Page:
A few years later, Herschel discovered the cyanotype or blueprinting process. His friend Anna Atkins used this process to make the first book with photographic illustrations, Photographs of British Algae.

Anna Atkins's cyanotype of a British Fern, 1853 (National Media Museum / Science & Society).

In 1867 another female pioneer of photography, Julia Margaret Cameron, made this extraordinary portrait of the ageing Herschel, who had been a longstanding supporter of her work.

Herschel at 75, by Julia Margaret Cameron (NMeM / Royal Photographic Society / Science & Society)

Regular readers of this blog will have noticed by now that I tend to bang on about the Herschel family a lot (like here, or here). It’s rather hard not to, as various members were hugely influential across a wide range of the sciences. And I haven’t even started on the younger members of the family yet … more blogs to follow, no doubt!

The Lady with the Lamp

On the 13th of this month was the centenary of Florence Nightingale’s death.

Florence Nightingale (A661274/1, Science Museum, London)

The Lady with the Lamp came to fame during the Crimean War by improving the standards of cleanliness and hygiene in hospital wards. Nightingale was believed to have dramatically reduced the death rates of soldiers from 40% to 2% in just two years. Recently, historians have suggested that the increase in survival rates was mainly due to improved sewage and ventilation systems, not just improved nursing standards.

Nightingale did do much to put nursing on a modern professional footing setting out not only hygiene practices but also moral and social conduct for nurses. A nurse must not be ”no gossip, no vain talker; she should never answer questions about the sick.”  The Nightingale Nursing School was set up in 1860 as part of St Thomas’ Hospital in London and it is still in existence today – now known as Florence Nightingale School of Nursing and Midwifery.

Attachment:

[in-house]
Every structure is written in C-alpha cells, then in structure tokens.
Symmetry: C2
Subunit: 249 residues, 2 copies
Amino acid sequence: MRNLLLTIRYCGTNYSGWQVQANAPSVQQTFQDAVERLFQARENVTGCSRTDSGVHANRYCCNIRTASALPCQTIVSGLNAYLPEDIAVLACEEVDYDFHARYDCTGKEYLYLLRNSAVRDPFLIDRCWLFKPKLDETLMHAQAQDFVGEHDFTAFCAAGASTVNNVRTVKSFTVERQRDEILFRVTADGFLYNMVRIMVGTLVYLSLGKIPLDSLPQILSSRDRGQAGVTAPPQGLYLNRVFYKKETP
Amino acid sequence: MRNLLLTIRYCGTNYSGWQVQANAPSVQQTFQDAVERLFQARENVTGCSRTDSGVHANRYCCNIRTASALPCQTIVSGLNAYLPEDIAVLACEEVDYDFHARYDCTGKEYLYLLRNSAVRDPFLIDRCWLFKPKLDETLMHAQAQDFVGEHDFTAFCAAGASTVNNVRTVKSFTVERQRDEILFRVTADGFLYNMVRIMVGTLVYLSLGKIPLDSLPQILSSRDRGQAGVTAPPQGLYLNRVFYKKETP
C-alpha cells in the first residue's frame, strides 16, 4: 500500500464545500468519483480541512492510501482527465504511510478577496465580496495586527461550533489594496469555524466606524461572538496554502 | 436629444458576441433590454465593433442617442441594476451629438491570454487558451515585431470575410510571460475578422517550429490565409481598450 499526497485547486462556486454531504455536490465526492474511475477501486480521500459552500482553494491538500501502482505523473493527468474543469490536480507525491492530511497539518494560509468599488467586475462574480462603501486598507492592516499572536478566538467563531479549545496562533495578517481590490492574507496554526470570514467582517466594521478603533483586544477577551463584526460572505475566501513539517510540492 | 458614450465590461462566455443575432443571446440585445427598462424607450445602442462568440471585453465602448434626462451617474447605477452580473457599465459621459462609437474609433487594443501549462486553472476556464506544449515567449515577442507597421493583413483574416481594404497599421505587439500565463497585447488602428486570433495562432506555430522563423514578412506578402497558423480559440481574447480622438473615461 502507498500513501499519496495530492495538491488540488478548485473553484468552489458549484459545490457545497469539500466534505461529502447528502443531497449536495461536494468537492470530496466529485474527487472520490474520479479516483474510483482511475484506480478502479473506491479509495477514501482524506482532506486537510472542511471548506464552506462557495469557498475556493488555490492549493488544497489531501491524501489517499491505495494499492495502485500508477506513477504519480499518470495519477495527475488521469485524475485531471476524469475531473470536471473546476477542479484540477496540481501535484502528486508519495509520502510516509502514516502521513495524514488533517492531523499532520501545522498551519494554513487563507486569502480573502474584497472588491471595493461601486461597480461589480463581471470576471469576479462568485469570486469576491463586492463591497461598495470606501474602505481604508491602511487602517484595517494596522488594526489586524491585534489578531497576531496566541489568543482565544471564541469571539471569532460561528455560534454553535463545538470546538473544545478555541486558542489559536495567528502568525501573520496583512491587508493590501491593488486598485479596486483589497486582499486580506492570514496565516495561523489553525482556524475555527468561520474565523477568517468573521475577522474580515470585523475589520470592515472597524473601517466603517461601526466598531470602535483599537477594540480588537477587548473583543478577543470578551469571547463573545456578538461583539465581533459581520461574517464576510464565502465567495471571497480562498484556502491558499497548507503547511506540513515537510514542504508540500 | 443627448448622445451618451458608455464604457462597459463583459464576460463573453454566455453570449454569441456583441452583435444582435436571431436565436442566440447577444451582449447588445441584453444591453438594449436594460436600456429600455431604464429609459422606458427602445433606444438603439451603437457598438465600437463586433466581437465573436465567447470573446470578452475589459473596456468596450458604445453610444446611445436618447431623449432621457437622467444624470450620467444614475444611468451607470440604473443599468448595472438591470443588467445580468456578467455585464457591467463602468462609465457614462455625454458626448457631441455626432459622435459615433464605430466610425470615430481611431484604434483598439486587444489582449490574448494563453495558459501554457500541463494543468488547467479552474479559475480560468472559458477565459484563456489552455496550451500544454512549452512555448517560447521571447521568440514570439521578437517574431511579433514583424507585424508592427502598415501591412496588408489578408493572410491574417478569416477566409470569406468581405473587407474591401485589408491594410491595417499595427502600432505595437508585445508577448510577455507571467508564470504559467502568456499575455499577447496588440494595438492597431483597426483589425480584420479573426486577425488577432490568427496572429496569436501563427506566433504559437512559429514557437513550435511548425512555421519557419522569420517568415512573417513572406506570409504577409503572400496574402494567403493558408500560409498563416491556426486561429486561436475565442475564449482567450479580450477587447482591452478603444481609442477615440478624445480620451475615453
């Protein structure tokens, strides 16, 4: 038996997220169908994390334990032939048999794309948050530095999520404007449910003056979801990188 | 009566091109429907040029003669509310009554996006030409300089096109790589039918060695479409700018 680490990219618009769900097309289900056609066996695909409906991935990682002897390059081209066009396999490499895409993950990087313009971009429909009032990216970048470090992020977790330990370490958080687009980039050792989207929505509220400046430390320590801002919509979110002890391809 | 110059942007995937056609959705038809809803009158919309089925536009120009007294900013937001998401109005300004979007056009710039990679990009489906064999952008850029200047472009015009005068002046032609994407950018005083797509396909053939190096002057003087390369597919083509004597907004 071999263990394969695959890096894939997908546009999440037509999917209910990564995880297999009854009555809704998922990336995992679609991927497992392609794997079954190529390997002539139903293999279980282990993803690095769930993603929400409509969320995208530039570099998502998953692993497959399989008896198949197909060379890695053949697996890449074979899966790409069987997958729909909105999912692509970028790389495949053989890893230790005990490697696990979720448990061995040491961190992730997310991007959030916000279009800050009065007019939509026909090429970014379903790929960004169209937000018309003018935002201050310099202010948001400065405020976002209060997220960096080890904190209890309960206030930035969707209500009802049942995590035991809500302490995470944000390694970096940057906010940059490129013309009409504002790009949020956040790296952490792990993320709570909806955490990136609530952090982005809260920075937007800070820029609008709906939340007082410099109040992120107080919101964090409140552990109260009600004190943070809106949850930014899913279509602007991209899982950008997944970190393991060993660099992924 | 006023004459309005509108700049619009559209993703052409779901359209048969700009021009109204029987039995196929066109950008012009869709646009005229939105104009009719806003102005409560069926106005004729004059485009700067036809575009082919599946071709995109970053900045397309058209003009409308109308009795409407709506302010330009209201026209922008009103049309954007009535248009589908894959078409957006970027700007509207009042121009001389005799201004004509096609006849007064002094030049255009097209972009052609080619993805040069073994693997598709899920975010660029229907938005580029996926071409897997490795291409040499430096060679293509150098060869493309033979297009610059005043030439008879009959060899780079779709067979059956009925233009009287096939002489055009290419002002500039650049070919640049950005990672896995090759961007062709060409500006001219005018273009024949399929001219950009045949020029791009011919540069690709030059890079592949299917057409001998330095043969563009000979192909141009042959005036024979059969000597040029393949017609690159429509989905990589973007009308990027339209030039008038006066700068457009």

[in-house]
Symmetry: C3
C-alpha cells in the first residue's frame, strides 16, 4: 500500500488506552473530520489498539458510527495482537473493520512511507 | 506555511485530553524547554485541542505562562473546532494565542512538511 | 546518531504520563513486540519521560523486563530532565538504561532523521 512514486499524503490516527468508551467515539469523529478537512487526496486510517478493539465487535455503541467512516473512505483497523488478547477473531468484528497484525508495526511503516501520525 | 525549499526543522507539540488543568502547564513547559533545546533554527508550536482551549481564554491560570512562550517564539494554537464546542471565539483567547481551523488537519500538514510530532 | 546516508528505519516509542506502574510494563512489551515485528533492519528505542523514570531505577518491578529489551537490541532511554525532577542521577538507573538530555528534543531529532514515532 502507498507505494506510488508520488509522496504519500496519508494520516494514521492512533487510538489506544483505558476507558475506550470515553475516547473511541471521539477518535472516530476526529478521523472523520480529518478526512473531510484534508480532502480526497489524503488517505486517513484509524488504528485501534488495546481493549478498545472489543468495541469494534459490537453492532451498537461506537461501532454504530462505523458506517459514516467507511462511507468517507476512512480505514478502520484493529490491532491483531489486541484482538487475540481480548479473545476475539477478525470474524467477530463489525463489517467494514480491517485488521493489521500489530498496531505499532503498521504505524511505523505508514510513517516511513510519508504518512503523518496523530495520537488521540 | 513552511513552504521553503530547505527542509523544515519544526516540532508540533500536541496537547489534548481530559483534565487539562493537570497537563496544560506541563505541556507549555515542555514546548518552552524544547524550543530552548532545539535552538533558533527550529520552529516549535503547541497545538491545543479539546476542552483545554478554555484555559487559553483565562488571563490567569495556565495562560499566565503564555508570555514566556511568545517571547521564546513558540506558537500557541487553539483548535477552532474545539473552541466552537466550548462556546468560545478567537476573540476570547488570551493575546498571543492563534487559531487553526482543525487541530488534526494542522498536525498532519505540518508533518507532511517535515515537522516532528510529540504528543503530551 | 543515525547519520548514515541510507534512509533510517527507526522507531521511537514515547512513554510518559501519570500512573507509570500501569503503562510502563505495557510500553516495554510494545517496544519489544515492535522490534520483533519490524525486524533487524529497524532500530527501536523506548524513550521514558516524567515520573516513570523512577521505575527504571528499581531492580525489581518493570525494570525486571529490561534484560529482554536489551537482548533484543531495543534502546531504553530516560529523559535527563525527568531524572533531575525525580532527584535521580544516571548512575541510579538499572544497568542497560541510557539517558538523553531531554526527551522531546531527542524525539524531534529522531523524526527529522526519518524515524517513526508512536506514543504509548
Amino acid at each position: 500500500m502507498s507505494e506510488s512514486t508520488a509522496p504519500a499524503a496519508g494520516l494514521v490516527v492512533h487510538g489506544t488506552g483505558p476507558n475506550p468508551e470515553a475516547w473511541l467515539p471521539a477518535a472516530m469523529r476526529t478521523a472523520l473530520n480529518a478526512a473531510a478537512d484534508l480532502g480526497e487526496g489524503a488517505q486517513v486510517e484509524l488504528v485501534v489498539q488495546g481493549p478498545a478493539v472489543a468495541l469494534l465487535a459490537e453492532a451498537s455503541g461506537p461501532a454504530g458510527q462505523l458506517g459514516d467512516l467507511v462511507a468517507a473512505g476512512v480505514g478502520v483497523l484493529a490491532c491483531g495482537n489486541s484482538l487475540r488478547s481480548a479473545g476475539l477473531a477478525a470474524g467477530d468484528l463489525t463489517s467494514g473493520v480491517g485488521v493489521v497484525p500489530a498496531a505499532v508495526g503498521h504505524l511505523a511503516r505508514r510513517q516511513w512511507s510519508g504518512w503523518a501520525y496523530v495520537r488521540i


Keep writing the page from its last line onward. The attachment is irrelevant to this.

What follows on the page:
Nightingale nurse figurine, 1963 (1984-1733, Science Museum, London)

Florence’s legacy not only lives on through training but also through objects in the Science Museum’s collections. Henry Wellcome collected a number of items belonging to Florence Nightingale such as her whistle, tea caddy, moccasins, parasol and shawl.

These objects are part of a number of famous person’s belongings - or relics as many people call them - that Wellcome acquired. If you visit the Wellcome Library take a look at the names that adorn the walkway around the seating area you’ll find that Florence is the only woman represented.

Florence Nightingale's shawl (A87224, Science Museum, London)

This shawl is now on show at the Florence Nightingale Museum where you can also see many other treasures relating to her life and work. The Wellcome Library also has an astonishing array of her papers.

For she’s a jolly good Fellow

On Tuesday I attended our annual ‘Fellows of the Science Museum’ reception, in which we recognise the contributions of leading scientists and educators. This year we were particularly celebrating female scientists, with a speech from new Fellow Jocelyn Bell Burnell

Jocelyn in 1968. (Science Museum)

In 1967, Jocelyn was a PhD student at the Mullard Radio Astronomy Observatory in Cambridge. Her job was to analyse data from one of the telescopes for the characteristic twinkling of quasars. One day she noticed a ‘bit of scruff’ on the telescope’s charts and, rather than dismiss it as interference, decided to investigate further. It turned out to be a pulsed signal, always coming from the same patch of sky and repeating at regular intervals. For a short time, the Cambridge team had to consider the possibility that it was a signal from an alien civilisation – they jokingly dubbed it LGM-1, for Little Green Men.